ACCC takes Woolworths to court over misleading environmental claims
ACCC said today in a statement it is alleging that the environmental representations Woolies made about its ‘W Select eco’ picnic products were false, misleading or deceptive, in contravention of the Australian Consumer Law.
“At Woolworths, we’re committed to doing the right thing for the environment and continue to work hard to drive initiatives that help both us and our customers minimise our impact on the environment,” Woolworths spokesperson told Inside FMCG.
“We treat our obligations under the Australian Consumer Law very seriously, and understand how important it is that environmental claims are clear and accurate for our customers. Following enquiries from the ACCC, we took the precautionary step of voluntarily withdrawing the products from sale in November 2017 so that we could carefully consider the concerns raised. We are now in the process of reviewing the ACCC’s claims and considering our next steps.”
From November 2014 to November 2017, Woolworths labelled disposable bowls, plates and cutlery in its ‘W Select eco’ line as ‘Biodegradable and Compostable’. The ACCC alleges that by these labels Woolworths represented to consumers that the products would biodegrade and compost within a reasonable period of time when disposed of in domestic compost bins or conventional landfill sites in Australia. The consumer watchdog also alleges the supermarket giant failed to make reasonable or adequate efforts to substantiate these biodegradability and compostability claims.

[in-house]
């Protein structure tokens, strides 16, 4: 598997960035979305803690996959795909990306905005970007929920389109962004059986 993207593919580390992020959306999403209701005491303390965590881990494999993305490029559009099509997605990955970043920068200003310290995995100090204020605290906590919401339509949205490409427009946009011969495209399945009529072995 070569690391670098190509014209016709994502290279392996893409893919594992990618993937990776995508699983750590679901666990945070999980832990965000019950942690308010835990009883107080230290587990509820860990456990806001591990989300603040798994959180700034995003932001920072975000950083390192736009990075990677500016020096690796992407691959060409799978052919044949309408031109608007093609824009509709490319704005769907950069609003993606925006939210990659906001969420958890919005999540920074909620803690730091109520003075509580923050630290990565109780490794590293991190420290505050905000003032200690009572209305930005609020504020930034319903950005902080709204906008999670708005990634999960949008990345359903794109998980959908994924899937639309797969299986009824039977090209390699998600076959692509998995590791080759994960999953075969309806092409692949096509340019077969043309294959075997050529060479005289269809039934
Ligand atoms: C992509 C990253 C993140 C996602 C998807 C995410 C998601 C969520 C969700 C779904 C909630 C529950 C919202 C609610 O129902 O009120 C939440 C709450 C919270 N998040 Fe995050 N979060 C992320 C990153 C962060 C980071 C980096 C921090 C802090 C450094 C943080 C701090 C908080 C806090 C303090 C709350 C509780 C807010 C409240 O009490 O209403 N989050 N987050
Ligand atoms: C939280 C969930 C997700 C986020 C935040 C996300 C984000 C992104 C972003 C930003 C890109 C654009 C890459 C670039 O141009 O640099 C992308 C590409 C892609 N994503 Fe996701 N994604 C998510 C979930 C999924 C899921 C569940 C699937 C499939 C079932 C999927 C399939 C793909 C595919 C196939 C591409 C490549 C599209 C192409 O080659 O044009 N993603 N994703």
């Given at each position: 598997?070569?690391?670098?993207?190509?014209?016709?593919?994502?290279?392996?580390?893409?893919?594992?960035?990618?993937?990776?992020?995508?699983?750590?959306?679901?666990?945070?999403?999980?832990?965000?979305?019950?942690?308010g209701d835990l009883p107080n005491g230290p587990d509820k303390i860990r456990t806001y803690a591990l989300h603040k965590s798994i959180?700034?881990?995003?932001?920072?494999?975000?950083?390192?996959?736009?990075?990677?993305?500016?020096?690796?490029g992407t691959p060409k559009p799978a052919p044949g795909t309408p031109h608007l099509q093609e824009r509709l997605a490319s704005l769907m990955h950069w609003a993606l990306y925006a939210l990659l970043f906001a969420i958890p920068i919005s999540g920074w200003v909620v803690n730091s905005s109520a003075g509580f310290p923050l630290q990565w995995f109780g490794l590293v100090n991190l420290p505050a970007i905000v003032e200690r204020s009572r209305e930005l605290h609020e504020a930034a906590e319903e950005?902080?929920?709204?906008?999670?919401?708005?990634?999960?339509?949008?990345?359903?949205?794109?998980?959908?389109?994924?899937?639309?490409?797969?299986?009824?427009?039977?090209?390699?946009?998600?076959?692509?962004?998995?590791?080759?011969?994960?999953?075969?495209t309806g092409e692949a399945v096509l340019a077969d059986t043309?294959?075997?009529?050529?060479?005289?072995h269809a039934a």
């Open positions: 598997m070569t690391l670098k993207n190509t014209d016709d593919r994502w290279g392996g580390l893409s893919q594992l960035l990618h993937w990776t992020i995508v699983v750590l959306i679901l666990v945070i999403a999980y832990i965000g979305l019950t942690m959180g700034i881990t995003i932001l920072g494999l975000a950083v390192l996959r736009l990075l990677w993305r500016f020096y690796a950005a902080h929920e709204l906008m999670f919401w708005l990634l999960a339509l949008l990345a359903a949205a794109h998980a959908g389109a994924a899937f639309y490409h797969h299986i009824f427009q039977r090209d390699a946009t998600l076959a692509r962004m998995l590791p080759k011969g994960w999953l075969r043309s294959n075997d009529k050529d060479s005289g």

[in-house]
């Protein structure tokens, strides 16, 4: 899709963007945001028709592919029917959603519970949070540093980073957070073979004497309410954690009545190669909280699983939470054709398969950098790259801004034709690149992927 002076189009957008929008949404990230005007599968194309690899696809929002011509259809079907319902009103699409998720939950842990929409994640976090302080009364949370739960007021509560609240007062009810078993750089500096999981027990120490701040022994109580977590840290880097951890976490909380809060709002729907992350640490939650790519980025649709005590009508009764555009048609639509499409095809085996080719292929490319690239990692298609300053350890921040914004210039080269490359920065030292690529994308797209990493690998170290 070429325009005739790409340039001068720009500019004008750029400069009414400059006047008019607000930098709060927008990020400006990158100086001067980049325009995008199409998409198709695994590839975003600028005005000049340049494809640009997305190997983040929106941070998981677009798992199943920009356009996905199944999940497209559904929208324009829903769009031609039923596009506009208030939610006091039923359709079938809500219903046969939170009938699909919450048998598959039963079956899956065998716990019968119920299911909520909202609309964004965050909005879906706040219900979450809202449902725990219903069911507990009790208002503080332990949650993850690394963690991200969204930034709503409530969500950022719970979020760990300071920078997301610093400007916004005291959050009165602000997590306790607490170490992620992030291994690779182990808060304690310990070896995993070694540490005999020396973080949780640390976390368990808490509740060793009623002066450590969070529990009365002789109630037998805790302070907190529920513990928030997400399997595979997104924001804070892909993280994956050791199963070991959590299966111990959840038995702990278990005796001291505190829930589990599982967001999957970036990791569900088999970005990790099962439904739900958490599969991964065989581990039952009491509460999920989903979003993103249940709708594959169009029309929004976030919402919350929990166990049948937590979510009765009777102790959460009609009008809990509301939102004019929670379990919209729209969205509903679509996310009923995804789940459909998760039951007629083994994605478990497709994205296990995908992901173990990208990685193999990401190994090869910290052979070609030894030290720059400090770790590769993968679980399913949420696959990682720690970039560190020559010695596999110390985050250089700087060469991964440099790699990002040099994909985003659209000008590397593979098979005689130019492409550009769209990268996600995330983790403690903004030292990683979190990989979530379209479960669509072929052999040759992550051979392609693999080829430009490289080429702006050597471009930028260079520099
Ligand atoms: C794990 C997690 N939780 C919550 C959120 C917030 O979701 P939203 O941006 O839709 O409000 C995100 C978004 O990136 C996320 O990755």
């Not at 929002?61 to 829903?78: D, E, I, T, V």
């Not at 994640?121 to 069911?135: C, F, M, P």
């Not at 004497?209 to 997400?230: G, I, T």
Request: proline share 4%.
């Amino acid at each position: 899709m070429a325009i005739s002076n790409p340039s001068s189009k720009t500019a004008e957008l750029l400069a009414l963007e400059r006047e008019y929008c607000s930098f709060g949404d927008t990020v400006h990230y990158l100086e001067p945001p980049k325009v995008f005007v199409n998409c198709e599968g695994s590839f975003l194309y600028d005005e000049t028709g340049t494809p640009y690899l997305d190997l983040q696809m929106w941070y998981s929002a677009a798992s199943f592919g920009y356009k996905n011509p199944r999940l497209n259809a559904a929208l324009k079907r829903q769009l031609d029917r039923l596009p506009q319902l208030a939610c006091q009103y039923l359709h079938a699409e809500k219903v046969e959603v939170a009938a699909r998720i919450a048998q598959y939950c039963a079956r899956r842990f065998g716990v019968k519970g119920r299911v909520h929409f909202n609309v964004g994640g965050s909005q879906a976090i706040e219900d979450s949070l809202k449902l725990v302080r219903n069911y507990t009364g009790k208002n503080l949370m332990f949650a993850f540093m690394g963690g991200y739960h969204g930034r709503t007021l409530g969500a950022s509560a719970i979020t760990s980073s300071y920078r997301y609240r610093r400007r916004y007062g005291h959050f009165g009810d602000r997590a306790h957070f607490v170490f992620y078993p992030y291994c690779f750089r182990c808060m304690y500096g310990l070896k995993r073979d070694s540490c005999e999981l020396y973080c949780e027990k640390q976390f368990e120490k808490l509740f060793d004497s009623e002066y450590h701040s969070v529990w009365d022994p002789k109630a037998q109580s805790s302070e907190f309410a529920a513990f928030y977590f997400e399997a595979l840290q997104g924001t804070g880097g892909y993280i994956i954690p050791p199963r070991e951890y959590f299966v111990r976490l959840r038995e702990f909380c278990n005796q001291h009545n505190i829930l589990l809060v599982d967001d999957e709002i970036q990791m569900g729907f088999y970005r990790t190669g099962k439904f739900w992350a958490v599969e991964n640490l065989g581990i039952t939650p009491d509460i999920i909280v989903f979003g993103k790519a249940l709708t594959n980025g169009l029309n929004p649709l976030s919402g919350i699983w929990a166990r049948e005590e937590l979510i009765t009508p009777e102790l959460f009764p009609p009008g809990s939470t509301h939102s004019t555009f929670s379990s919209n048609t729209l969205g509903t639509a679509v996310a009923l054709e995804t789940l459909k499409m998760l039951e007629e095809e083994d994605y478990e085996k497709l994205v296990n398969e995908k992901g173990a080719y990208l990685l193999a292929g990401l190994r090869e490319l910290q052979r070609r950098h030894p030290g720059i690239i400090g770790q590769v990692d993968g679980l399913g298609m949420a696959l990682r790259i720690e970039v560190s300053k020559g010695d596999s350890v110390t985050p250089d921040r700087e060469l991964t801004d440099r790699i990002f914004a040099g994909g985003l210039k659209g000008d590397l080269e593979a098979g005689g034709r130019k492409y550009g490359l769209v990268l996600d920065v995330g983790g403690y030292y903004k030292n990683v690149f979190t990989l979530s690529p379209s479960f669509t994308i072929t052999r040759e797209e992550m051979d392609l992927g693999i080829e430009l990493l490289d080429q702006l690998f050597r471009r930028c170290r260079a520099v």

“Customers paid a premium because they rightfully thought the environmental claims would have been substantiated,” ACCC commissioner Sarah Court said.
“The ACCC also alleges that Woolworths made these claims in circumstances where it was aware there was confusion among consumers and businesses about the meaning of biodegradable and compostable.
“One of the suppliers of the W Select eco line also had significant qualifications on its website about the biodegradability and compostability of its products. Despite all these matters, Woolworths made the representations without explanation or qualification.”
Woolworths said the products were released in 2014 and independent certification was provided. All products in the range were made from materials derived from corn starch or sugarcane and other natural materials.
ACCC also alleges that Woolworths acted contrary to its own Environmental Claims Policy, which stated that: ‘Environmental claims must be accurate, specific and clear; apply to a real environmental benefit; not overstate a benefit and be articulated in plain language.’
“Businesses making environmental claims about their products must take reasonable steps to ensure the benefits are achievable for ordinary Australian consumers,” Court said.
The supermarket giant added there is currently no mandatory Australian standard on how claims in relation to biodegradability and compostability must be conveyed to customers. It is keen to support the development of a mandatory Australian standard to improve consistency and consumer understanding of environmental labelling across the retail industry.
Furthermore, Woolworths also said it continues to work hard on delivering the company’s commitments.
“Woolworths Group’s 2020 Corporate Responsibility Strategy, we set six sustainability targets, including a specific commitment to ‘Improve the recyclability of our Own Brand packaging and contribute to the circular economy.’” Woolworths spokesperson told Inside FMCG.
The ACCC is seeking pecuniary penalties, injunctions, declarations, publication orders and costs.